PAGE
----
+1 to support Dirac Live. These days there are many more Ethernet Streamers, and these usually contain Roon Core, MQA decoders, and more prior to feeding the DAC.
With Dirac’s SDK this is more possible now than ever before.
It would be killer if Roon could apply the Dirac Live filters prior to sending the music over Ethernet. I need to bypass my streamer with a direct USB input from my PC to enjoy Dirac Live right now. I’d like to use the network streamer to be able to move my PC elsewhere.
I’m entering my 2nd year with Roon and loving the capability of this player and the frequent improvements. Hats off! I am one who enjoys the benefits of room EQ (Audyssey MultEQ, ARC (Anthem Room Correction) and Dirac Live. Of the three, Dirac Live would seem to be a perfect fit with Roon as they offer their SW as a plug-in supported by an SDK. Would Roon consider licensing this technology?
My best guess would be that of course Roon would be interested in supporting Dirac RC. I have no special knowledge of the new SDK, but I can see a few obstacles on the way:
All Dirac integrations I know of are hardware or VST-based – I do not know of any integrations with other software parties like Roon (but then again, I never looked – so please correct me if I have missed anything).
Roon’s infrastructure is Core-based – all DSP / filter processing will need to take place at Core level as opposed to at endpoint level. Not sure if the SDK provides for this.
Even if it does or if this can be overcome, licensing could be an issue: Dirac likes to license per device/installation, while with Roon one could easily load multiple flters for multiple endpoints.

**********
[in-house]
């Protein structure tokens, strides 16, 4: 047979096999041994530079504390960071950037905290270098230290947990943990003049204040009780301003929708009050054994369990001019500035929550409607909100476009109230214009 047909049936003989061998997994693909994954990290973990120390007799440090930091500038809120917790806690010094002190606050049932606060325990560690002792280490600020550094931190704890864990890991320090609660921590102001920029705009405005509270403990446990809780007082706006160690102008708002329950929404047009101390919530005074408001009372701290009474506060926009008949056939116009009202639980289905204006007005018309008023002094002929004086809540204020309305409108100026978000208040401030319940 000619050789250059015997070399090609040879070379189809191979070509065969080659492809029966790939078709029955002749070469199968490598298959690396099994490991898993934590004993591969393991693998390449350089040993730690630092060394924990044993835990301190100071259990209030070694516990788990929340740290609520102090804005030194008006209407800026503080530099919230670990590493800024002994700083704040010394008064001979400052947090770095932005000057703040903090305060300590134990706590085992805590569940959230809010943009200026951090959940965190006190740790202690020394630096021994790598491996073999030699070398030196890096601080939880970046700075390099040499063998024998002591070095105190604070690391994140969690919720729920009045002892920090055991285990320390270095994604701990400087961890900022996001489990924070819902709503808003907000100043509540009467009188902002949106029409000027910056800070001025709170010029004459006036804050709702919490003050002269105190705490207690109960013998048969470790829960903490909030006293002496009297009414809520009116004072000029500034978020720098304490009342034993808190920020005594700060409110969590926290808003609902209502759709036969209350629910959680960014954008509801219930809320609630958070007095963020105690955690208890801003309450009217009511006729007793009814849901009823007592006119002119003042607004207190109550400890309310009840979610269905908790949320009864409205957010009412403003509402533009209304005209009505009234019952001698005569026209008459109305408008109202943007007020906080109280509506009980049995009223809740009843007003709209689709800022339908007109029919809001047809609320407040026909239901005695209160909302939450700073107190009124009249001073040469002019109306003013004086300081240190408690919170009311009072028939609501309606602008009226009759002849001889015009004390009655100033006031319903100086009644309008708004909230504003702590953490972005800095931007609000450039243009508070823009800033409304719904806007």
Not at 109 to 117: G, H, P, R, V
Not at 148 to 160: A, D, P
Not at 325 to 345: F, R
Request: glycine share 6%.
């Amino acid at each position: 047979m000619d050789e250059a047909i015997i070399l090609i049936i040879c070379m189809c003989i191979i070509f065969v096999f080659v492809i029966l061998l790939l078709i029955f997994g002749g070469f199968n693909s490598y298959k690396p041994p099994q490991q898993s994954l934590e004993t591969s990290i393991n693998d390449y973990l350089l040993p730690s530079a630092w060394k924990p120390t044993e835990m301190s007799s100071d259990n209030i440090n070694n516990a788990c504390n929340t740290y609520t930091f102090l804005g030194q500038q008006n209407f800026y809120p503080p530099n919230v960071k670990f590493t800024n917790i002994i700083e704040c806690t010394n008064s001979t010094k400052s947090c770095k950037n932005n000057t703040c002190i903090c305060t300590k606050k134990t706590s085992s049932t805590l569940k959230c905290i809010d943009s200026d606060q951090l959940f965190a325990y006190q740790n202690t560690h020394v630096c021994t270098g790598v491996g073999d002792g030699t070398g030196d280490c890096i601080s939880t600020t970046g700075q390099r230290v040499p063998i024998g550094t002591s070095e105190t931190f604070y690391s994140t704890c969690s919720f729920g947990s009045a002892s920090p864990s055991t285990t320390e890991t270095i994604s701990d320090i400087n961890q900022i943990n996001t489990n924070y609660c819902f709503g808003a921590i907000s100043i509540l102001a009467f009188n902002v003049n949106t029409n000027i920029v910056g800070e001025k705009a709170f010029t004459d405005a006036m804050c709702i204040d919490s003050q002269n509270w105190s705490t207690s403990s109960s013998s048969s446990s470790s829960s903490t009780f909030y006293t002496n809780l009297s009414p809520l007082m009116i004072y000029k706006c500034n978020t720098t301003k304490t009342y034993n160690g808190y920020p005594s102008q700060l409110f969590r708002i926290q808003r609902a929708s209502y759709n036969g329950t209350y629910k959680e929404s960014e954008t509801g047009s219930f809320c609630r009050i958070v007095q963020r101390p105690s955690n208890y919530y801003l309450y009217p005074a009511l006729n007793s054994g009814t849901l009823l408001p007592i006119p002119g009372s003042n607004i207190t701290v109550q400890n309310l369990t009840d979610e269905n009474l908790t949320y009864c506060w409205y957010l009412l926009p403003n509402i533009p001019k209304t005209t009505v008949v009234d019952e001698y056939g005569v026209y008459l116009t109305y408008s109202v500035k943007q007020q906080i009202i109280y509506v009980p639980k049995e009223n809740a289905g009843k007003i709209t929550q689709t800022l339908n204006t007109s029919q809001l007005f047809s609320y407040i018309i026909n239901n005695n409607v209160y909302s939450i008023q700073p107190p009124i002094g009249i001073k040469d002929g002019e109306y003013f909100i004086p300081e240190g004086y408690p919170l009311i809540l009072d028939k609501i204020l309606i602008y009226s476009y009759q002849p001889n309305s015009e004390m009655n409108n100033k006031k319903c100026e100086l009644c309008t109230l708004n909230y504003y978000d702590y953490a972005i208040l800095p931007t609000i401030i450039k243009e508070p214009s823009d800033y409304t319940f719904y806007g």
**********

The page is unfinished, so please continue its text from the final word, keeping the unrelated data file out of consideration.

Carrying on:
We’ll see what the future holds. I’m positive, but yet I think my MiniDSP won’t go anywhere soon.
There’s another, albeit likely much smaller issue, which is that Roon’s reference platform (ROCK) is Linux-based. Dirac, that I know of, doesn’t currently have publicly available Linux binaries. My understanding is that they exist for ARM platforms, but who knows how much (or little) work it’d take on their end to make that work, or work well, on Linux x86. Going forward, the licensing question is obviously the bigger one, moreso with Roon possibly getting remote streaming capability at some point in the future. I’ll take Dirac’s announcement of “modules” (and the “car” module being one of the first examples Flavio gave) as a sign it’s something Dirac has thought about.
This said, anything that isn’t $800 a seat, which is essentially what Dirac costs right now if you factor in the dedicated hardware to run it (be it from MiniDSP or rolling an endpoint with a commercial OS (and all the compromises that entails)) would be progress. Something else I can’t help but wondering about when it comes to room correction in general is who gets to deal with customer support. Dirac have done a truly remarkable job at simplifying the process, but it still isn’t completely idiot-proof, and that’s something that possibly has a not-inconsequential cost.